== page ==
Using Visual Aids

Visual aids can powerfully help the effectiveness of a speech. Many speeches benefit from having objects, images, key quotes, or data presented in a clear and dramatic fashion. Visual aids differ in kind, but there are similar benefits and tips for dealing with any kind of supplementary evidence that is shown to an audience. With verbal and visual aids, the speech given is able to be even more thoroughly understood.

Reasons to Use Visual Aids

  • Improves audience understanding and memory
  • Serves as notes
  • Provides clearer organization
  • Facilitates more eye contact and motion by the speaker
  • Contributes to speaker credibility
  • Save time
  • Add interest
  • Allow for different learning styles

Types of Visual Aids



Photographs, Pictures, Diagrams, Sketches

Projected Images
-overhead projectors
-PowerPoint presentation

Reviewing a Visual Aid

Once you have chosen your visual aid, here are a few questions to consider for your aids helpfulness:
  • Is the visual aid helpful, or is it confusing or irrelevant?
  • Are its color(s) distracting?
  • Will the meaning of the aid be clear to your audience?

Tips for Using Visual Aids

Stand to the side of the visual aid. Do not obscure the visual aid if possible. Traditionally, speakers have the visual aid on their left.

Maintain eye contact. While the visual aid will be tempting to many speakers, the audience should still be their focus. When a speaker loses eye contact, they often end up turning their back to the audience. A SPEAKER SHOULD NEVER TURN THEIR BACK TO AN AUDIENCE.

Introduce a visual aid before talking about the information contained in it. Giving background on where the information for the visual aid came from provides the audience with more resources for understanding the content of the speech.

Make sure the visual aid is of the appropriate size considering the rest of your project. If the visual aid happens to be too large it can possibly take away from the importance or understanding of the overall message and if the visual aid is too small it can possibly not add anything to the surrounding meaning.

Practice with a visual aid. Visual aid adds an additional focus for the audience, and practice with the aid gives the speaker an effective and smooth interaction with minimum distractions. Experience with one type of visual aid (a PowerPoint presentation, for example) does not necessarily provide the resources to deal with others.

Make sure the visual aid supports the message. Consistency between what is being said and what is being seen is crucial to a speaker's credibility.

Supplement, do not supplant, the speech with the visual aid. Do not allow the visual aid to overwhelm the speech itself. Visual aids are not crutches to lean on, but rather lampposts to illuminate.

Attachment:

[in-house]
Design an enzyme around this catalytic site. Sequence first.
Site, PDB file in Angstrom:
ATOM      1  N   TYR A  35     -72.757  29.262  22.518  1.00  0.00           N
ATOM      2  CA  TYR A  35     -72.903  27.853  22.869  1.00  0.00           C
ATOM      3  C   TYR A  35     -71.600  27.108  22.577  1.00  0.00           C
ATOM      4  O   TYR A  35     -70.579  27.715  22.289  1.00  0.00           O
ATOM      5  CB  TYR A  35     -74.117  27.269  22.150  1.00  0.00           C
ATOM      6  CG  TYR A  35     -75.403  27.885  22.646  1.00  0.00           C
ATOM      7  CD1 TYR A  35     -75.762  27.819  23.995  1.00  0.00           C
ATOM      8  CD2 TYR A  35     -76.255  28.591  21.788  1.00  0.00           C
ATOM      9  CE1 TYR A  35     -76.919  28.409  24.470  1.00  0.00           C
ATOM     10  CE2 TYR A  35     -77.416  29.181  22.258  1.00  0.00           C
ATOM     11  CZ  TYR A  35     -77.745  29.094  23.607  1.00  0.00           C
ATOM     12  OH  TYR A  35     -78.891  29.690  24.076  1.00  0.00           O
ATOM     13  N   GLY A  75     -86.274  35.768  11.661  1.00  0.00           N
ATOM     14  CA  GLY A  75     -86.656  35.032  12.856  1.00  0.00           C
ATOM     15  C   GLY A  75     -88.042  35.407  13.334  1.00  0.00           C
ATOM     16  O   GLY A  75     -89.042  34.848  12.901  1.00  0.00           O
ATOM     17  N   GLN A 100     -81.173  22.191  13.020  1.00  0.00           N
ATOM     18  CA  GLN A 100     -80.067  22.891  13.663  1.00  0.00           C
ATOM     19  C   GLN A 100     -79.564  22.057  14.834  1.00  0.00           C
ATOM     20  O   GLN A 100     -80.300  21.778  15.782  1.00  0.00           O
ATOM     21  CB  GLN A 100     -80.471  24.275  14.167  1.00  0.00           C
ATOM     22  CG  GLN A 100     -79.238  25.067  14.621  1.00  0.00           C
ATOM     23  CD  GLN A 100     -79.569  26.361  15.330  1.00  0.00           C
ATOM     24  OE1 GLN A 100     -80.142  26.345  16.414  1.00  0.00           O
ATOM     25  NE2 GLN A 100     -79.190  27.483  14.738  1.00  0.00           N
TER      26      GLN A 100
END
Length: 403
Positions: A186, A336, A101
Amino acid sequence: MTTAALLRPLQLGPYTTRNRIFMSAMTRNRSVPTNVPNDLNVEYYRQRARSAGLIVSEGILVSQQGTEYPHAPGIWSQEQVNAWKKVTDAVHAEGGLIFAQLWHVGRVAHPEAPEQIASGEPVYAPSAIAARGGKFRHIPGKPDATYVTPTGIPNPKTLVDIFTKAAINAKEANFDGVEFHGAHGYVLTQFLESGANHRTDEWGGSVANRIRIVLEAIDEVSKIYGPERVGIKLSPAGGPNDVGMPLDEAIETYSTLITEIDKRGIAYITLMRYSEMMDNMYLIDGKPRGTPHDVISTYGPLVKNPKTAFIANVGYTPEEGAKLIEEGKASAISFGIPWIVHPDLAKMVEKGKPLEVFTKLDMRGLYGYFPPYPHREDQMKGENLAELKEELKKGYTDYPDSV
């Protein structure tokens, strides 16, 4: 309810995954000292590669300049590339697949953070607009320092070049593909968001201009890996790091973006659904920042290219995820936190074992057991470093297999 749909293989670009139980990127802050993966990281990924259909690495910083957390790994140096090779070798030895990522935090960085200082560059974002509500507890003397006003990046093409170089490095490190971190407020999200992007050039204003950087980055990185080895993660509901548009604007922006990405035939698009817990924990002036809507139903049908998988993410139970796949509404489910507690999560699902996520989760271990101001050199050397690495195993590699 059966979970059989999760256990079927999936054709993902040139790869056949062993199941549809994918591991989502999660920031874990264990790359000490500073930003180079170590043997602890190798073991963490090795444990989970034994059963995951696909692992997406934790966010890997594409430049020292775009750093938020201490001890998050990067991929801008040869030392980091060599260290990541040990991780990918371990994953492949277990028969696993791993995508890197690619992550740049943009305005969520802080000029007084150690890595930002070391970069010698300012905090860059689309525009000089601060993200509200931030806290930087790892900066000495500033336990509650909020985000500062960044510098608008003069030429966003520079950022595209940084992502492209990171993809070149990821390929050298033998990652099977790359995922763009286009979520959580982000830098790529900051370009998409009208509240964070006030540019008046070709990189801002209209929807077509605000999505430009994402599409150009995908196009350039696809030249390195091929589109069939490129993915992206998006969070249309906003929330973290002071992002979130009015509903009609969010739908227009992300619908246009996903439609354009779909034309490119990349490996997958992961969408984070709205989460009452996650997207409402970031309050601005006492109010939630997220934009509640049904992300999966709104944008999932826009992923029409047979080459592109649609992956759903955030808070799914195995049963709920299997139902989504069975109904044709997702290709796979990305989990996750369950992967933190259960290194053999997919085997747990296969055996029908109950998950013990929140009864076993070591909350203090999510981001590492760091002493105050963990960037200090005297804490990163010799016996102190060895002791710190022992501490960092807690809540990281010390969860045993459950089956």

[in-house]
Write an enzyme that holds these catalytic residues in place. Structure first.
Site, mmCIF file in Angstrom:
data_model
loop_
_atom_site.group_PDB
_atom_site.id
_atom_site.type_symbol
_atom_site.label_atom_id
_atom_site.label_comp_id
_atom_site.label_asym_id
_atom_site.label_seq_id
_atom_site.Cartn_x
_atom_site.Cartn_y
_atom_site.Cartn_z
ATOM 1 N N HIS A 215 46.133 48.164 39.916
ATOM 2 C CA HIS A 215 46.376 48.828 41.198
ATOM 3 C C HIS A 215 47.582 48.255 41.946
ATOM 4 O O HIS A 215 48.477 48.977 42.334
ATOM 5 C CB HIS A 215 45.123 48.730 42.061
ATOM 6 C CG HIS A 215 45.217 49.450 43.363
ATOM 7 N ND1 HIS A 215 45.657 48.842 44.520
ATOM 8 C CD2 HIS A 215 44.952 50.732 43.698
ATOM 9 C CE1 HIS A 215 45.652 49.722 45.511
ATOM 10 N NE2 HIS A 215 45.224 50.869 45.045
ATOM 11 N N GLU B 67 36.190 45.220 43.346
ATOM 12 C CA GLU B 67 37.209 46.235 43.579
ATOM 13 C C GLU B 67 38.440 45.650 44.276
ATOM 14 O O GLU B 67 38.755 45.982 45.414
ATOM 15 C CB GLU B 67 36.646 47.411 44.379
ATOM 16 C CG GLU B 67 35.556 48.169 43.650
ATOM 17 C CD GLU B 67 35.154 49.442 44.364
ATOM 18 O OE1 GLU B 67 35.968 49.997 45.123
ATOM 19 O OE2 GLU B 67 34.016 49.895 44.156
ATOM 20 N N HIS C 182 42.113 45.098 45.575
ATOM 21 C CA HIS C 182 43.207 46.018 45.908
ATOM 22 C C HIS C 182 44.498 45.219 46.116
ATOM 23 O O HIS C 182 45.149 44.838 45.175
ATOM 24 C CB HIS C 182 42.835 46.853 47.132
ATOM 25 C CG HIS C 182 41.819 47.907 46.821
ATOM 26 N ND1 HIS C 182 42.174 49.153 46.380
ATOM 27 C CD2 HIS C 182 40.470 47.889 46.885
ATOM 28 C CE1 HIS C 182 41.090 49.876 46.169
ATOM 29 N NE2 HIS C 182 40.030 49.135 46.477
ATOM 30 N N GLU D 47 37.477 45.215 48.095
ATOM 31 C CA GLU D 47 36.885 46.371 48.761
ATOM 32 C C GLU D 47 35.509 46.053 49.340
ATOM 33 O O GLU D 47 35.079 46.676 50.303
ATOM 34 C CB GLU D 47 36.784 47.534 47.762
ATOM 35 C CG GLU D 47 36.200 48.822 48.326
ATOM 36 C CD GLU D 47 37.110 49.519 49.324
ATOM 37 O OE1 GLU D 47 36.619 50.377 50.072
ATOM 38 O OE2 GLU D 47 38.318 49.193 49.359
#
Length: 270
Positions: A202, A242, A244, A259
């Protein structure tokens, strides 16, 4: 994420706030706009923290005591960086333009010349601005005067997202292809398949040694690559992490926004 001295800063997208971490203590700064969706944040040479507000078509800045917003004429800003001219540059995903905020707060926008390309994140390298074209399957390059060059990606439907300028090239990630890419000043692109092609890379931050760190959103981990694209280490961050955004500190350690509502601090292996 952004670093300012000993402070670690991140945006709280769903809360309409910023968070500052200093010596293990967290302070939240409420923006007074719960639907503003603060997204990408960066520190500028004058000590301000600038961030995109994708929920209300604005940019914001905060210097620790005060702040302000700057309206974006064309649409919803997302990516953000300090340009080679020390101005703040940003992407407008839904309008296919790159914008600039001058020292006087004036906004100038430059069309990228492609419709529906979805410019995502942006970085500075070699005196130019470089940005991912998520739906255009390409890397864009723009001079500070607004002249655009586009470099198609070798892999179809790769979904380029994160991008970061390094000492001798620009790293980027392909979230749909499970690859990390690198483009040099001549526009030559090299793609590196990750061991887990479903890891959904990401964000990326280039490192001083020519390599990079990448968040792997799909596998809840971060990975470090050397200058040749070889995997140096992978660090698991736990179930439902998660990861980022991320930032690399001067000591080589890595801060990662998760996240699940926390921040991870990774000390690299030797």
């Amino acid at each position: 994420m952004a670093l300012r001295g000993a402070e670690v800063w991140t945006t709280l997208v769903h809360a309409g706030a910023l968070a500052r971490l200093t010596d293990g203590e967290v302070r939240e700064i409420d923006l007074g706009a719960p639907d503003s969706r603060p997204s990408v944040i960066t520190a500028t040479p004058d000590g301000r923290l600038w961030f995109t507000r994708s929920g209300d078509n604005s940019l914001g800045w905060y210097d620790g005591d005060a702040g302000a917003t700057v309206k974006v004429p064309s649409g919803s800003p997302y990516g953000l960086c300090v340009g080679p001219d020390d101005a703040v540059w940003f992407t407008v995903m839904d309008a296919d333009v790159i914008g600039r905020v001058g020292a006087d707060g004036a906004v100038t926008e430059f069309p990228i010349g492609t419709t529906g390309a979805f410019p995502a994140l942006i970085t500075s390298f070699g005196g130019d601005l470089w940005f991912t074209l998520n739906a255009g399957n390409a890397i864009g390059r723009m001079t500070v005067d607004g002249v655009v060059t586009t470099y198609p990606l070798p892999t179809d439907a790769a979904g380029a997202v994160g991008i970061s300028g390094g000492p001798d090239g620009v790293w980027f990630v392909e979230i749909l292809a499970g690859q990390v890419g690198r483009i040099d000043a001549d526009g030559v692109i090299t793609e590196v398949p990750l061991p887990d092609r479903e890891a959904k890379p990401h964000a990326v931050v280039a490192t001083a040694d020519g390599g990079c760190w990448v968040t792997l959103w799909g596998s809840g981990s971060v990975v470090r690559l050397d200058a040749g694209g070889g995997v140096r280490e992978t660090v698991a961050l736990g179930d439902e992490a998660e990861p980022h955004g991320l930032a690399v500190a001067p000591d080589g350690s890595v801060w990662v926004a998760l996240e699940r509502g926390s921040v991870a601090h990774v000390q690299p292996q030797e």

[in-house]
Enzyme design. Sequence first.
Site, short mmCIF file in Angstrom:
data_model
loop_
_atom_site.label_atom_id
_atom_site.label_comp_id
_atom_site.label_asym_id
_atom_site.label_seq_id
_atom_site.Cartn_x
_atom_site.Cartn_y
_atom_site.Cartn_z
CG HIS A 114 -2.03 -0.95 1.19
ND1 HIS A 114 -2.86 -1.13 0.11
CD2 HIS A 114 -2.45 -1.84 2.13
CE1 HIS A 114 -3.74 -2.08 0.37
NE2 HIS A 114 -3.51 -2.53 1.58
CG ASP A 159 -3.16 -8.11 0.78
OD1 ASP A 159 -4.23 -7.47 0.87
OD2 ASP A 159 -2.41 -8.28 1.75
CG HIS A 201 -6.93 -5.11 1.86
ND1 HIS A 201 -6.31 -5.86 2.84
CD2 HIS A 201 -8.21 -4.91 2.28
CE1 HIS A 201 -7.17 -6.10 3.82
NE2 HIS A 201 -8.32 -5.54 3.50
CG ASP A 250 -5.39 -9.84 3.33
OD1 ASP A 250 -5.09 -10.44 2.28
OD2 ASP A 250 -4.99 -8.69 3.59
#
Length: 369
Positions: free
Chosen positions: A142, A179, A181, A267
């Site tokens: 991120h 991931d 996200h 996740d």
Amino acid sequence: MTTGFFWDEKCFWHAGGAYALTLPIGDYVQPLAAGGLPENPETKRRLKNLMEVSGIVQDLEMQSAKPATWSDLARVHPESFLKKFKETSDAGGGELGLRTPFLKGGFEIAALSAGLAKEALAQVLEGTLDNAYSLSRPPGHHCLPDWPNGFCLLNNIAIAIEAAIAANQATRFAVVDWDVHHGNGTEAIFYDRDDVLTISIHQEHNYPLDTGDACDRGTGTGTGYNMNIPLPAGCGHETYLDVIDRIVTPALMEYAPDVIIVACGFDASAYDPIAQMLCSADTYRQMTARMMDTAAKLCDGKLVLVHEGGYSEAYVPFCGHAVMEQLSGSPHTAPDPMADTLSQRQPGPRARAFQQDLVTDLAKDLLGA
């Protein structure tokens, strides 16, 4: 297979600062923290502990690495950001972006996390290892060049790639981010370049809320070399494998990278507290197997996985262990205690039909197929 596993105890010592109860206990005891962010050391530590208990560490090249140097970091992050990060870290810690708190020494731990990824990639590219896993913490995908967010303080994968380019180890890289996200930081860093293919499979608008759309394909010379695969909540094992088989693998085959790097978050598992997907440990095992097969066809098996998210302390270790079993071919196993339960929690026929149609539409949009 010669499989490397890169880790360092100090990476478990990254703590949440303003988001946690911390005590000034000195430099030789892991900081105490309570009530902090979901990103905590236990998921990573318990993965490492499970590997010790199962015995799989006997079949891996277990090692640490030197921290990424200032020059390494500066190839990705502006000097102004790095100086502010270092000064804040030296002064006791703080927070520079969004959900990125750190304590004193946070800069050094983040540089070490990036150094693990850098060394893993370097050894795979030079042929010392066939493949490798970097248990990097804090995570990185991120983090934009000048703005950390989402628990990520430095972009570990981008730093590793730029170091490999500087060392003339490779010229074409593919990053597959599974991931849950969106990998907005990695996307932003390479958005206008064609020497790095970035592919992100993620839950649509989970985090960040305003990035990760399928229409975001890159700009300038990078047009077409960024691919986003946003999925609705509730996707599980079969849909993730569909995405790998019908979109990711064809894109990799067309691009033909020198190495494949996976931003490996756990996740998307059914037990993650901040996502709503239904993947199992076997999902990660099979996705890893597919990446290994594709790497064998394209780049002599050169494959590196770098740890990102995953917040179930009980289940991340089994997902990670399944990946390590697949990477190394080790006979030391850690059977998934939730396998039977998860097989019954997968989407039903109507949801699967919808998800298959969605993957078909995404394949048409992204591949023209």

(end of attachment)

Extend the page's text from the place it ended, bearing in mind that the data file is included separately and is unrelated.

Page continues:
Ensure the logistics of the setting are conducive to the visual aid. Make sure that everyone can see the visual aid, that any electronic equipment necessary for the visual aid is functioning (and that the speaker knows how to operate it), and that the visual aid is set up before the speech.

Point out key elements in the visual aid, especially if it is complicated. Pictures, charts, graphs, and some objects, are often so complex, with so much "going on," that the audience might need to be directed to the area of the visual aid that the speaker is referencing.

Avoid distributing materials before the speech. If there are supporting materials to assist the audience, they should be passed out either before or after the speech. Failing to do so will delay the speech, lead to unnecessary rustling of paper, and is an unnecessary distraction.

Limit lists. If the visual aid utilizes lists to communicate the central ideas of the speech, do not overwhelm the audience with endless lists on one slide or page. Generally, only five items should be on any single slide or page of a visual aid.

Remember that simplicity is a good design principle. Do not overload a visual aid with unnecessary information, color, font changes, or superfluous images.

Be prepared to give your presentation without your visual aids. Something can always go wrong using a visual aid, so be prepared just in case your visual aid is no longer usable.

Using visual aids will help users to retain what they learn and understand the help. Visual aids help to reach the objective
by providing emphasis on what the speaker is saying. They reinforce information given, clarify points, involve the users, keep their attention, and create excitement. Studies have shown that retention of information is greater with the use of visual aids. "Three days after an event people retain 10% of what they heard, 35% from visual presentation, and 65% from visual and oral presentation," says The United States Dept. of Labor.


Speaking in the Disciplines: Using Visual Aids. University of Pittsburgh. 14 Sept 2012.

Presenting Effective Presentations with Visual Aids. OSHA Office of Training & Education, May 1996. Web. 28 Sept. 2012.

Weber, Jean Hollis., and Tamar E. Granor. Is the Help Helpful?: How to Create Online Help That Meets Your Users' Needs. Whitefish Bay, WI: Hentzenwerke Pub., 2004. Print.

Original Author: Larita Clow
Contributors: Mario Garcia, Inez Funchess, Luis F. Regalado
Editors: Mario Garcia, Inez Funchess